EDITORIALS

Marriage Debate Renewed

Joseph Skinner holds up a Yes on 1 sign to passing motorists while in the background supporters of same-sex marriage Ann DiMella and Suzanne Blackburn, of Portland, put up a No on 1 sign at Deering Oaks Park in Portland in November 2009.
AP Photo/Robert F. Bukaty, File
Joseph Skinner holds up a Yes on 1 sign to passing motorists while in the background supporters of same-sex marriage Ann DiMella and Suzanne Blackburn, of Portland, put up a No on 1 sign at Deering Oaks Park in Portland in November 2009.
Posted Aug. 19, 2011, at 3:33 p.m.
Last modified Aug. 19, 2011, at 6:24 p.m.

Now that the secretary of state has approved a ballot questio n that seeks to legalize same-sex marriage, Maine voters will likely again have an opportunity to fulfill the Constitution’s equality requirement.

With the question approved, a coalition of same-sex marriage advocates led by EqualityMaine is set to begin gathering signatures as early as this weekend. If that effort is successful, Maine voters would be asked in November 2012 this question:

“Do you favor a law allowing marriage licenses for same-sex couples that protects religious freedom by ensuring no religion or clergy be required to perform such a marriage in violation of their religious beliefs?”

A ballot measure is not a good way to ensure civil rights apply to all, but this is again the path Maine will take.

Much has changed since Maine voters in 2009 repealed a same-sex marriage law passed by the Legislature and signed by then-Gov. John Baldacci, at the time, the first governor to sign such legislation into law. Earlier this year, the New York Senate, which is controlled by Republicans, approved same-sex marriage. That law is now in effect as is one in the District of Columbia. Three additional states — Hawaii, Illinois and Delaware — have approved civil unions.

What has not changed is this simple fact: Everyone must be treated equally under the state and U.S. Constitution. Denying civil marriage rights to same-sex couples violates that tenet.

Further, extending the right of marriage to a small segment of the population that has been excluded furthers the state’s interest in promoting stable families and communities.

Mainers have voted on gay rights four times since 1995, seesawing between extending rights and limiting them.

In 1995, voters soundly rejected an attempt to repeal local gay rights initiatives and prohibit the future adoption of others. In 1998 and 2000, voters rejected gay rights initiatives.

Then in 2005, an effort to repeal a Maine law that added sexual orientation to the Maine Human Rights Act, prohibiting discrimination against homosexuals in the areas of housing, education and employment was rejected by a 55 percent to 45 percent vote.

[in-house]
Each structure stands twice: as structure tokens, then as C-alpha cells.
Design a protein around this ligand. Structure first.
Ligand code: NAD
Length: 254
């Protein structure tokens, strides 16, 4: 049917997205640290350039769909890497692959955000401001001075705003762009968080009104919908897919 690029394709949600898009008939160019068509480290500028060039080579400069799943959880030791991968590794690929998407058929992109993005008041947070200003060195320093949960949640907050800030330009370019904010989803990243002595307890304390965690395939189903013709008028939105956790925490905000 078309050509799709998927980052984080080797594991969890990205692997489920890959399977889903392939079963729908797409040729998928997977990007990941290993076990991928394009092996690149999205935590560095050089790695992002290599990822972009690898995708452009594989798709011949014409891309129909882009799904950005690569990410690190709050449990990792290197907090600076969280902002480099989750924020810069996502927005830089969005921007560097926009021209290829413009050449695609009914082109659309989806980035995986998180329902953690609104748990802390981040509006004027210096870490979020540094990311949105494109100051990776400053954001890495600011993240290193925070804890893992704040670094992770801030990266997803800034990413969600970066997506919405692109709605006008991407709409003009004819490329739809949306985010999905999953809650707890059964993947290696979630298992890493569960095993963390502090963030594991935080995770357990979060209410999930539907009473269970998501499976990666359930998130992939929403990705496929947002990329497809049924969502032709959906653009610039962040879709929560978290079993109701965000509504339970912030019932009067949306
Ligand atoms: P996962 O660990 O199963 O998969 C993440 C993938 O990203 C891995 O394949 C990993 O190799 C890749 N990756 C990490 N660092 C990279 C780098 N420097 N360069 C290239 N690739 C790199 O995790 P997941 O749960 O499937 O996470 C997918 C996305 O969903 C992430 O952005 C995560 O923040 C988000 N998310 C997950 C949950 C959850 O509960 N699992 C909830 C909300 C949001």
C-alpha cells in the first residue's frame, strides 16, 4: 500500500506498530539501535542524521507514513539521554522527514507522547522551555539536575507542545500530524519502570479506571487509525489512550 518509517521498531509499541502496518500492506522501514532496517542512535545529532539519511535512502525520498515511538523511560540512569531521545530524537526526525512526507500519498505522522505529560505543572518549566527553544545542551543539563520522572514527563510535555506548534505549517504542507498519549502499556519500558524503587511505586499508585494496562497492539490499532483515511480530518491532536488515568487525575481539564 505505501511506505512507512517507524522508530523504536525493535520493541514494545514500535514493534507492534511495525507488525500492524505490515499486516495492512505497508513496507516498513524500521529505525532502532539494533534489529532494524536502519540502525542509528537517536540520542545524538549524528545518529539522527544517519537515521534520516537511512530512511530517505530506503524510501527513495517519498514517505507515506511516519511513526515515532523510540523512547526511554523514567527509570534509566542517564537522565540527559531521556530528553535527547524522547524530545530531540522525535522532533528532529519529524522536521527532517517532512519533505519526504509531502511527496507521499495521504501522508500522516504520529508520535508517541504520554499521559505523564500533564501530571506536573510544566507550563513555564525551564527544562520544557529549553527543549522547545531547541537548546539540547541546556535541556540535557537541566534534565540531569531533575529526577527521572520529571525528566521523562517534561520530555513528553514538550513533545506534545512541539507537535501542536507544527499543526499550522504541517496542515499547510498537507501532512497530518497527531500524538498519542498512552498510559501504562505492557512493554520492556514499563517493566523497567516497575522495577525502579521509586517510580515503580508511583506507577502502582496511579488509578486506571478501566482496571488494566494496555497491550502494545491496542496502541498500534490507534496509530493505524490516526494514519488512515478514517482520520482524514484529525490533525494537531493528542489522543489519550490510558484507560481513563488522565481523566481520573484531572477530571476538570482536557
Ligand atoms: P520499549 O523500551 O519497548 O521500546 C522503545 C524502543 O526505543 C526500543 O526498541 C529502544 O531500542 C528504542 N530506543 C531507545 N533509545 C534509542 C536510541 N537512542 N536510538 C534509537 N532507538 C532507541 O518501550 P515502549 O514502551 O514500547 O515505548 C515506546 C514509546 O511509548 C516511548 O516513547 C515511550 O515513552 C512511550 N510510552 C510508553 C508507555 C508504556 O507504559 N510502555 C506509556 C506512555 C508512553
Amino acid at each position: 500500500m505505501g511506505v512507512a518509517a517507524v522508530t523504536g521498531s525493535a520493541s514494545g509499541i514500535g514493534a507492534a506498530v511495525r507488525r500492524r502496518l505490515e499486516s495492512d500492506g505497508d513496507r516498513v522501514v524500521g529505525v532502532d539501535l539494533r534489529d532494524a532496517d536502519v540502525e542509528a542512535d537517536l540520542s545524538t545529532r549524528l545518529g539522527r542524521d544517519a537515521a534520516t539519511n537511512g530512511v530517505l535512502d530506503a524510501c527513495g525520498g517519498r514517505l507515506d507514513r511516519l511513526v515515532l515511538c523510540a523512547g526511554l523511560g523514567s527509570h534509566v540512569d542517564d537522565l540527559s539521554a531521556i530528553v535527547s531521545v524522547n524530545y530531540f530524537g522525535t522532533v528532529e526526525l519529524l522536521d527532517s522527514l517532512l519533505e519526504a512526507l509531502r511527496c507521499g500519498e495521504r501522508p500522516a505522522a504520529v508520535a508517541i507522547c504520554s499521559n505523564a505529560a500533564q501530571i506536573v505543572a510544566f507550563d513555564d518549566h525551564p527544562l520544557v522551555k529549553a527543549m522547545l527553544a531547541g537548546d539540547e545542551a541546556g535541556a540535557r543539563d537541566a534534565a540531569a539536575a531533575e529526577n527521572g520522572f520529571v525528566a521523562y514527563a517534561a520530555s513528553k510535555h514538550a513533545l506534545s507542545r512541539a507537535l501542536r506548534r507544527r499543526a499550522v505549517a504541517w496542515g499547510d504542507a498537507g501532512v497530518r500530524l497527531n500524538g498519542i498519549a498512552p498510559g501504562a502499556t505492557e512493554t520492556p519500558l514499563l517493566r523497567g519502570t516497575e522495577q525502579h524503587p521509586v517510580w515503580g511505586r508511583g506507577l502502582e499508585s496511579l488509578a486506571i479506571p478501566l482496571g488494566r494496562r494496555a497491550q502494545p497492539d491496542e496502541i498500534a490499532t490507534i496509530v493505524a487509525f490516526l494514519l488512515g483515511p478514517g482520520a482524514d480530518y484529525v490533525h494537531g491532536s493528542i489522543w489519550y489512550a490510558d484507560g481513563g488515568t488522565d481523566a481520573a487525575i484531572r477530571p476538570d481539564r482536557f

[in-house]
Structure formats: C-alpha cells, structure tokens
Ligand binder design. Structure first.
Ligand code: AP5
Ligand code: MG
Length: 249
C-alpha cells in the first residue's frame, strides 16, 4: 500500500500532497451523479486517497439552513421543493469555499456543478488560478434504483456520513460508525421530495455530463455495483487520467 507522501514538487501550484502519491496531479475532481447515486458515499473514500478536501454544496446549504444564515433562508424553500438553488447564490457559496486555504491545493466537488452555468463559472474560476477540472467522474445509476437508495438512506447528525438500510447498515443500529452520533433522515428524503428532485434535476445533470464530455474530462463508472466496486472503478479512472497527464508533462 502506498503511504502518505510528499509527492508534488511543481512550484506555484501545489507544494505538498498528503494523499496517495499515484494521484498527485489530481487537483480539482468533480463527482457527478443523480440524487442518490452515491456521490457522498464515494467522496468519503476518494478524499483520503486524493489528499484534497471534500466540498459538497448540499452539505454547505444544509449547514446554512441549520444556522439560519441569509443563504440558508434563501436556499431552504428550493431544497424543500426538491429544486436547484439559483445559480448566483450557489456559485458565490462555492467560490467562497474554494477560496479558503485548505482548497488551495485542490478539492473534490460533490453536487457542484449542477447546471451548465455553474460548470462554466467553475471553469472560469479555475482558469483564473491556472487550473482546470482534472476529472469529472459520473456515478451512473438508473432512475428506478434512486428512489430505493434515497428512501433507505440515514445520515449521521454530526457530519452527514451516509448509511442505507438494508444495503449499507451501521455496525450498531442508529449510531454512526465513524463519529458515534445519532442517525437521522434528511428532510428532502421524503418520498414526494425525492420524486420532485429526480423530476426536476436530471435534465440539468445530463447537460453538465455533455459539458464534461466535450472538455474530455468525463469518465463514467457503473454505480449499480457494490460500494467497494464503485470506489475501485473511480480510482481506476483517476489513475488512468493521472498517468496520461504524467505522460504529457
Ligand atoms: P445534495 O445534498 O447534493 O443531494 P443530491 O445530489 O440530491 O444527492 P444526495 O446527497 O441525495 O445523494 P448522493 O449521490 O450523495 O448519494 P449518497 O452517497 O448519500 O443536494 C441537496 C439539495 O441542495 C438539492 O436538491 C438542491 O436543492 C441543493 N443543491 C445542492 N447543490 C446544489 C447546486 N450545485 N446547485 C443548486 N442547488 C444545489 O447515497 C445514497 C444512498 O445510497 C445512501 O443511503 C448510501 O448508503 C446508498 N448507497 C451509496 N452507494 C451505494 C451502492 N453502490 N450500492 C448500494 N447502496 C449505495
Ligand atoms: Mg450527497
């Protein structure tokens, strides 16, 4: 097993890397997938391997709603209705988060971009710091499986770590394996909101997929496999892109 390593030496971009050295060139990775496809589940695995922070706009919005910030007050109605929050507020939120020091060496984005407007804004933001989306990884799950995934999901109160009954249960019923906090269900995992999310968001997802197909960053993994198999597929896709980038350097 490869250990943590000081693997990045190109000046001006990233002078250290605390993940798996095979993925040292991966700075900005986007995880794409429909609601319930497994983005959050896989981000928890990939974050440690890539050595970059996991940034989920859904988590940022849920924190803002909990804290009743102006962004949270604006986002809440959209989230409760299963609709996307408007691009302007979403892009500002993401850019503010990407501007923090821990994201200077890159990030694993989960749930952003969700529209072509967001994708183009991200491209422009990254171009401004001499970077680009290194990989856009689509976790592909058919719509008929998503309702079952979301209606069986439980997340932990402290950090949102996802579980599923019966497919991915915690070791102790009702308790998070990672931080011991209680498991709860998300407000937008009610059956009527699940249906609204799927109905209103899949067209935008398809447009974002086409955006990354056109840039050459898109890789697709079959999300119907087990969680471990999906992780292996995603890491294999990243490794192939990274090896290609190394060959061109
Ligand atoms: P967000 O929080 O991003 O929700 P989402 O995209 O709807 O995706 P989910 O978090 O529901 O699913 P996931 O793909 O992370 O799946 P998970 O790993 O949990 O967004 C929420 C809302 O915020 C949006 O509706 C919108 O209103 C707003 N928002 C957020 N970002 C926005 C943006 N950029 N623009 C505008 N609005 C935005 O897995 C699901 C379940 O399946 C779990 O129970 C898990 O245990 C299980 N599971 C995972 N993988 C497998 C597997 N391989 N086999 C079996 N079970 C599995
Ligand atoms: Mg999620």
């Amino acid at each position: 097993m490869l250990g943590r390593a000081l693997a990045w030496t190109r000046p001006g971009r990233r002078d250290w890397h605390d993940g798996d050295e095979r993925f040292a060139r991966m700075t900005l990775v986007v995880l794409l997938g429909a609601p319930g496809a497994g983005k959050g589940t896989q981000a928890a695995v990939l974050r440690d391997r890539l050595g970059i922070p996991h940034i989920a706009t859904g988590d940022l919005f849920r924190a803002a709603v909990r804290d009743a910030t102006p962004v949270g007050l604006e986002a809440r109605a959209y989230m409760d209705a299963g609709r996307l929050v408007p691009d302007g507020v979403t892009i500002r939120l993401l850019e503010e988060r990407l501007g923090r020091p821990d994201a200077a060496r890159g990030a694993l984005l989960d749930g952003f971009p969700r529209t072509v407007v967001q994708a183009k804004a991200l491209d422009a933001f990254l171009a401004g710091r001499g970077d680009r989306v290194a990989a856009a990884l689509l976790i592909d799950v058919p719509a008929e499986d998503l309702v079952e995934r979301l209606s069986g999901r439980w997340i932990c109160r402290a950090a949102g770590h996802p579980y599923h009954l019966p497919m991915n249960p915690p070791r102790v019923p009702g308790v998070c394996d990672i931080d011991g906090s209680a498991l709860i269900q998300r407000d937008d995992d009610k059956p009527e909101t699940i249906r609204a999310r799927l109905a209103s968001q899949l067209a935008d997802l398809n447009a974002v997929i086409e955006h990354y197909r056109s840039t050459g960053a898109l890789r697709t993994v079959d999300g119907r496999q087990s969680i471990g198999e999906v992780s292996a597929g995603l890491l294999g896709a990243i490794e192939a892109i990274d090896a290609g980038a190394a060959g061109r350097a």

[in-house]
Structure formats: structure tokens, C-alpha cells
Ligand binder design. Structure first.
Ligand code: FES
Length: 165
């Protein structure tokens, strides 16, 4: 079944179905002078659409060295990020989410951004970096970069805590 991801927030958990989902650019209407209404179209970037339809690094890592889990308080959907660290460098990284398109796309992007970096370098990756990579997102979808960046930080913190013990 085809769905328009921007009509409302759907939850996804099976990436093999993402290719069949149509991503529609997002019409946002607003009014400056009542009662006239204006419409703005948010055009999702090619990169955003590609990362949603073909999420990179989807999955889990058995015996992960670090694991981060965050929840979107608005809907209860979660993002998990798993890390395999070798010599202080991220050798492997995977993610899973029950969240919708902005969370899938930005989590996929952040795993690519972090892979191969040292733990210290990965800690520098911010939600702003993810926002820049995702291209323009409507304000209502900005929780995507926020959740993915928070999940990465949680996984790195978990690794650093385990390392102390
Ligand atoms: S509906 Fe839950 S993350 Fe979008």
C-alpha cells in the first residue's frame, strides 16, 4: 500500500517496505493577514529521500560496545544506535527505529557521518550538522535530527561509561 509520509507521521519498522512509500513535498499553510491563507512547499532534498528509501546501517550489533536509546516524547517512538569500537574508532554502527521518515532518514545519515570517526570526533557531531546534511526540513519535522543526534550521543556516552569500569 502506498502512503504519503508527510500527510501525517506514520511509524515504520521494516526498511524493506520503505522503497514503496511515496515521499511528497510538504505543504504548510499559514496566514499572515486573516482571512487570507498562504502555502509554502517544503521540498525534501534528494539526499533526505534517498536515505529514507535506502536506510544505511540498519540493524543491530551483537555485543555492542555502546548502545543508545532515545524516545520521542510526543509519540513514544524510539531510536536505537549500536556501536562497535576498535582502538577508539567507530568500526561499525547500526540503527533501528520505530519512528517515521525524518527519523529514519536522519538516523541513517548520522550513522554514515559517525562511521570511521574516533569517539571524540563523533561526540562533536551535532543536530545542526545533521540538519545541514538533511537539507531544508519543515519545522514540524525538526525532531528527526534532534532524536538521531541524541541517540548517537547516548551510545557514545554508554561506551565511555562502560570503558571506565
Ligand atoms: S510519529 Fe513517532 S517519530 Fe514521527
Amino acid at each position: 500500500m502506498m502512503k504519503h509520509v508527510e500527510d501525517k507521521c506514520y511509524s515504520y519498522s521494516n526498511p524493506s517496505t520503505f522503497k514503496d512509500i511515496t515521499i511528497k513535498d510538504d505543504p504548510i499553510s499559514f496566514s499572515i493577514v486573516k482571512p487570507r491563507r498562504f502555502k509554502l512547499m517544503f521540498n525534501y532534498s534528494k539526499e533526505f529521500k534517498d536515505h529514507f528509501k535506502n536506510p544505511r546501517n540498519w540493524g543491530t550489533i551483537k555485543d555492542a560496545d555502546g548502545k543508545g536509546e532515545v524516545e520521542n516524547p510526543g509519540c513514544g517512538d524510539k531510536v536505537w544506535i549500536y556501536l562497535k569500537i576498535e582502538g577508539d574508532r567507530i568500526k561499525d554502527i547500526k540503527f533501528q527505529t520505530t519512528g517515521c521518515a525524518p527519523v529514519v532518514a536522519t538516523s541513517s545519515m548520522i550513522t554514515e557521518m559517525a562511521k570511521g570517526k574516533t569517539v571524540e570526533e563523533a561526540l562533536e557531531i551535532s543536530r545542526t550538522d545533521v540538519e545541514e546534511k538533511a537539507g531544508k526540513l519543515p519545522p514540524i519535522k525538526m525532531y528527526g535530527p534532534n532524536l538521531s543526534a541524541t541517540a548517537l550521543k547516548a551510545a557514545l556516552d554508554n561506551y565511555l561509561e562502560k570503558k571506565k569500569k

In 2008, an initiative campaign to repeal Maine’s civil rights law and put in place roadblocks to gay marriages and adoptions was abandoned because supporters said they had a hard time gathering signatures.

Ninety years earlier, Maine sent mixed messages about extending voting rights to women, before finally doing so. After the Legislature strongly endorsed women’s suffrage in 1917, a people’s veto took back those voting rights. Two years later, however, Maine voters changed course and voted to ratify the 19th Amendment to the U.S. Constitution, which extended the right to vote to women.

In both instances, the core issue is one of equality, as required and ensured by the state and federal constitutions.

In November 2009, that equality was denied to gay couples, not out of malice but because of strongly held beliefs about the importance of marriage and fears — played up by opponents of same-sex marriage — that gay sex would be taught in schools. Belief in the value of traditional marriage is important and should not be denigrated. To protect those beliefs, the approved ballot question seeks to make it clear that those who disapproved of same-sex marriages will not be forced to perform them.

This is appropriate. Religious groups should be free to set their own standards for their own members. But, those standards should not be imposed on everyone else.

Further, marriage is more than a religious institution. Although most who consider getting married aren’t thinking about taxes and health care, these are two of dozens of areas where the legal status of a couple matters. Extending marriage tax breaks and hospital visitation rights to only some couples is not acceptable.

The argument has already been made that this is not the right time to debate marriage again. The focus should be on jobs and building the economy. There is no right time to debate civil rights, however.

If the signature gathering effort is successful, that debate will begin again. When it does, Maine should expect a civil debate based on reason and fairness, not scare tactics.

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